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Snowdrops in the wild - favourite places??

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  • pr1mr0sepr1mr0se Posts: 1,173
    Snowdrop Valley near Wheddon Cross in Somerset is wonderful.  There's a little minibus that, for a modest fee, drives to the valley (no cars allowed) and the walk through the woodland is magical in February.  
    I did also see some early, very large (cultivated) snowdrops  couple of weekends ago at NT property, Killerton, near Exeter, which will be followed by bluebells and wild cyclamen and primroses.  I look forward to them all - after the bleak winter months, they are a joy.
  • raisingirlraisingirl East Devon, on the Edge of Exmoor.Posts: 6,324

    I did also see some early, very large (cultivated) snowdrops  couple of weekends ago at NT property, Killerton, near Exeter, which will be followed by bluebells and wild cyclamen and primroses. 
    I've been to Killerton when the cyclamen are blooming - fabulous  :)
    “Light thinks it travels faster than anything but it is wrong. No matter how fast light travels, it finds the darkness has always got there first” 
  • Hampshire_HogHampshire_Hog Hampshire Coast 100m from the seaPosts: 1,089
    I don't think there are many places in Hampshire you can find wild snowdrops, but I'm happy be told otherwise.

    A number of the large houses / estates in Hampshire have them and join the National Garden Scheme's Snowdrop Festival.

    As a boy we lived in a small village in north of the county it had some ancient woodland where we use to play known as the piggery in spring the whole floor was covered in celandine,wild garlic, bluebells, and a myriad of other flowers the scent was amazing but I don't remember snowdrops even then.

    "You don't stop gardening because you get old, you get old because you stop gardening." - The Hampshire Hog
  • JennyJJennyJ DoncasterPosts: 7,672
    Hodsocks Priory near Worksop has a lovely display in February. Not free, but at £3 for adults it is hardly going to break the bank. There is a walk around the woodland laid out. Dogs are not allowed. They also have some hellebores.

    Hodsock priory is lovely but only open 9th to 17th Feb for this year's snowdrop season (usually it's the whole of February).  It's only about half an hour from me so I'll be trying to get there for a visit if the weather is reasonable on a day that I'm not working.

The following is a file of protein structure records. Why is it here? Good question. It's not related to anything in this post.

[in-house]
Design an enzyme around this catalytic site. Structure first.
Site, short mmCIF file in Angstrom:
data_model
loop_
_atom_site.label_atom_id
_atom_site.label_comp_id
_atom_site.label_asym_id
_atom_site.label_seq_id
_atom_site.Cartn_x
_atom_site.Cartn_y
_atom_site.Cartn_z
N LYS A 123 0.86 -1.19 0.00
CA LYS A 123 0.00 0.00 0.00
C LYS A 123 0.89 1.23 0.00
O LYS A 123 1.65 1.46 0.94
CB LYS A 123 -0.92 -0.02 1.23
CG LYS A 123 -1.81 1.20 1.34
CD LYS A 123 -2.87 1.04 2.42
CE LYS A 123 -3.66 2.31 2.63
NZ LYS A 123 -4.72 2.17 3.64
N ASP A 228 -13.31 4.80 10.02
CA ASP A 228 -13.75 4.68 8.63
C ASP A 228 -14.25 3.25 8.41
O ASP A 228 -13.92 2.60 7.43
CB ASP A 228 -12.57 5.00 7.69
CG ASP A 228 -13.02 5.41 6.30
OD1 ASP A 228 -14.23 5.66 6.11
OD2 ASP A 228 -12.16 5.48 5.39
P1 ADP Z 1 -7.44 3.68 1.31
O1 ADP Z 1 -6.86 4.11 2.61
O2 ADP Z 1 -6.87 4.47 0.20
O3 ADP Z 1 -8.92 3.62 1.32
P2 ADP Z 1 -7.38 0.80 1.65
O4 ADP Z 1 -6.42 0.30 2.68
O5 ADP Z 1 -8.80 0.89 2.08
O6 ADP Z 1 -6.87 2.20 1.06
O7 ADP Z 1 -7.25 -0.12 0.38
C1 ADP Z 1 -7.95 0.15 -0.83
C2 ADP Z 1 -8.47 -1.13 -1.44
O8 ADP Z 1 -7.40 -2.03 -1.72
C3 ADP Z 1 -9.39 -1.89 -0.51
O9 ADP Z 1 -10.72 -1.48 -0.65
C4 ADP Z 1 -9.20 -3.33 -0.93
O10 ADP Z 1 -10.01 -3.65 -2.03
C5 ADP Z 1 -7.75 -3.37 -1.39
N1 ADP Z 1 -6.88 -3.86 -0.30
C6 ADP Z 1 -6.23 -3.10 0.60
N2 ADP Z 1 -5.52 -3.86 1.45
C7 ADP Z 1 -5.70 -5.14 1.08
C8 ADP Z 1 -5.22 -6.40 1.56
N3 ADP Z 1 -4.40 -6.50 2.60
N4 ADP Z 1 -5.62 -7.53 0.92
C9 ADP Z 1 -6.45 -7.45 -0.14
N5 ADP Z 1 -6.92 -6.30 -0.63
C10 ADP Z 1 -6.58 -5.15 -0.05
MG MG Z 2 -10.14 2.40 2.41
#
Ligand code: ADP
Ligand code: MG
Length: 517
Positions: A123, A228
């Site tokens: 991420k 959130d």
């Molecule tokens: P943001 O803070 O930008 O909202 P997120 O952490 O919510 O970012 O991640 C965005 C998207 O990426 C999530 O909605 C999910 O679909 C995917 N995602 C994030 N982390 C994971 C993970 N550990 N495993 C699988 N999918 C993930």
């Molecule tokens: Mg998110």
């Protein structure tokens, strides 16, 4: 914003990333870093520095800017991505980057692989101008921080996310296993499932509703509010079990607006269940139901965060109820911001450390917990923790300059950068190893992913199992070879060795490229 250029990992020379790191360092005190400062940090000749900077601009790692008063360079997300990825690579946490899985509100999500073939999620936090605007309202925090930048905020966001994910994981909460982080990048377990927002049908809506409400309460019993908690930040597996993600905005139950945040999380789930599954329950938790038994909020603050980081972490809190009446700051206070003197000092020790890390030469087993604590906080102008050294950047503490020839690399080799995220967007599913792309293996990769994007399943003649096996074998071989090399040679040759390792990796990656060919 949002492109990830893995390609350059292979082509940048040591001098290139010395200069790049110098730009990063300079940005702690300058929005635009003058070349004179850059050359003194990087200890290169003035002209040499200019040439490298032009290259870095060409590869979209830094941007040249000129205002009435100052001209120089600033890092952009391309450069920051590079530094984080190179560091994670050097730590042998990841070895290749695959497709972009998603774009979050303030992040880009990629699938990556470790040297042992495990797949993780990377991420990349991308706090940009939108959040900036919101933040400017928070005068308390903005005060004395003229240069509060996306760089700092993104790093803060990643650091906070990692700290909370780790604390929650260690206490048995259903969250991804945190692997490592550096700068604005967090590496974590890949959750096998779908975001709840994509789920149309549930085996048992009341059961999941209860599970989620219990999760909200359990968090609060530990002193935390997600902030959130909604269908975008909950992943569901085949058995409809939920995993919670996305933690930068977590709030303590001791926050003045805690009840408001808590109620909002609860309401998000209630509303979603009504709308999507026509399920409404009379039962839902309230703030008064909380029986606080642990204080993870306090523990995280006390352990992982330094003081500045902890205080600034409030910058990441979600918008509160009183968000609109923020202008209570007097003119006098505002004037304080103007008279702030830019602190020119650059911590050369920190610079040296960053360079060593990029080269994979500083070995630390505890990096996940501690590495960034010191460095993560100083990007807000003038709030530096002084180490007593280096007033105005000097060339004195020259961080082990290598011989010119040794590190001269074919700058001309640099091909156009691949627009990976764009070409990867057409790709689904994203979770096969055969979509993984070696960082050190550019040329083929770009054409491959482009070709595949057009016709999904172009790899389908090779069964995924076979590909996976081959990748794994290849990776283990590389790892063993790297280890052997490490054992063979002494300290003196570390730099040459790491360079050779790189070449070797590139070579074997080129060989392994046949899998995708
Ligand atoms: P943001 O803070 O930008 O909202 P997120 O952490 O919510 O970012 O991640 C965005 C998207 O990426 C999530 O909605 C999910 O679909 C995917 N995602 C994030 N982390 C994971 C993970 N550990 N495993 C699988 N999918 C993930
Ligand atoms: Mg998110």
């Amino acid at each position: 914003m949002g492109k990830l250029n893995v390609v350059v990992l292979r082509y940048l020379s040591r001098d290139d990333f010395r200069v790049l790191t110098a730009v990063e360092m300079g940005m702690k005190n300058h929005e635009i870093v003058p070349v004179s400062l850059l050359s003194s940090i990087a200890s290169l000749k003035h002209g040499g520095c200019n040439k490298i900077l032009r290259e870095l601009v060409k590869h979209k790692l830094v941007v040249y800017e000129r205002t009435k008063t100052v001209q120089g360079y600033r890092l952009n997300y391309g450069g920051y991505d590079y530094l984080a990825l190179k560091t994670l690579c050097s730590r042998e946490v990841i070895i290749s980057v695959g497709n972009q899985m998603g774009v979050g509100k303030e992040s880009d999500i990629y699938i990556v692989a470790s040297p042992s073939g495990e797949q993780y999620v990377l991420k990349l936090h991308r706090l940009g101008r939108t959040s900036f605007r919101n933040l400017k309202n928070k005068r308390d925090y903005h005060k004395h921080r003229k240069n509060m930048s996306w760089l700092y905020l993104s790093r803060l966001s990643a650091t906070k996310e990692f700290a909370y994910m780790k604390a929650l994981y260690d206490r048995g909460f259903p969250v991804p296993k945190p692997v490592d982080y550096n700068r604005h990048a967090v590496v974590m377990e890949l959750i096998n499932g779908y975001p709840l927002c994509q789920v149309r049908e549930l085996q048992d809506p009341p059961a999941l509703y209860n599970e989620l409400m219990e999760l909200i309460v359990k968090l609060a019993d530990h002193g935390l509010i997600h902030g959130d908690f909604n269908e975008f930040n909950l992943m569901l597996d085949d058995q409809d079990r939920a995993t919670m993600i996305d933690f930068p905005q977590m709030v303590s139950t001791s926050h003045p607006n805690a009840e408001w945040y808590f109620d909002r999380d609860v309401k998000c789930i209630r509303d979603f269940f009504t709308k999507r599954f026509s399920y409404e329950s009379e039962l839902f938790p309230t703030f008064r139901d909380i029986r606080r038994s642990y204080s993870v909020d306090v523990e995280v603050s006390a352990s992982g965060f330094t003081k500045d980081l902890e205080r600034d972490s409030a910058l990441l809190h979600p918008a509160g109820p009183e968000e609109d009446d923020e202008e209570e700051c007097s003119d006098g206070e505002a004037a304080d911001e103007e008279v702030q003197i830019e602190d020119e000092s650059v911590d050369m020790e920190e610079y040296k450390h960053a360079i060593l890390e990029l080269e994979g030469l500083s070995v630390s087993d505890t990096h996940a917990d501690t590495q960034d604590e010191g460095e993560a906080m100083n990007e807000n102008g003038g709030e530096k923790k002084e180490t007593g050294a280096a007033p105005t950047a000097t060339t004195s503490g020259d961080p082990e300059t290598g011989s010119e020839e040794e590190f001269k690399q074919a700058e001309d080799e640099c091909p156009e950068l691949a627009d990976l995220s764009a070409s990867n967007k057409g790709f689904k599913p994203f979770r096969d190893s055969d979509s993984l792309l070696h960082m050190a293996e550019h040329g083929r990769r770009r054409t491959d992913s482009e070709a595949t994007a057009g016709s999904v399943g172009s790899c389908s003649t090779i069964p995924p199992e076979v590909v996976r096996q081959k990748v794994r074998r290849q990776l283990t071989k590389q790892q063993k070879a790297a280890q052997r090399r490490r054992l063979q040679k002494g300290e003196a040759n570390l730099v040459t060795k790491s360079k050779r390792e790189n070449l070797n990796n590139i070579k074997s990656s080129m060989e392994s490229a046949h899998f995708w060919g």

• fidgetbonesfidgetbones Derbyshire but with a Nottinghamshire postcode. Posts: 16,462
    Don't forget your "Odd socks" Jenny. When we had a forum trip a few years ago, we all wore odd socks so we would recognise each other.   :D
  • Lizzie27Lizzie27 SomersetPosts: 10,501
    I'm wondering if the usual "snowdrop" events in February will be too late this year as many of my snowdrops are already flowering. I've heard Welford Park in Berkshire is stunning and the famous park near Cheltenham was fabulous when we visited a couple of years ago (sorry can't remember the name offhand). Lacock Abbey is another but of course you do have to pay. However there are usually lots of snowdrops on the road verges across the Cotswolds which are of course free to view. 
  • chickychicky SurreyPosts: 10,295



    Welford Park in Berkshire is stunning 😀. Went there a couple of years ago.  Its where the bakeoff tent is in the summer too 🍰
  • Lizzie27Lizzie27 SomersetPosts: 10,501
    Beautiful photo. Will definitely plan a visit soon, I've been wanting to go there for ages.
  • Valley GardenerValley Gardener Rhondda ValleyPosts: 2,687
    Anyone in the Dundee/St Andrews area,  Barnfield,Cambo,near St Andrews. Absolutely stunning,many many different varieties,and a lovely wander through the woodland to the sea. Fabulous!
    The whole truth is an instrument that can only be played by an expert.
  • SarahKateSarahKate DevonPosts: 37
    Raisingirl.    Snowdrops and primroses and camellias all out in the garden and daffodils are blooming too along the banks on the way to Plymouth.
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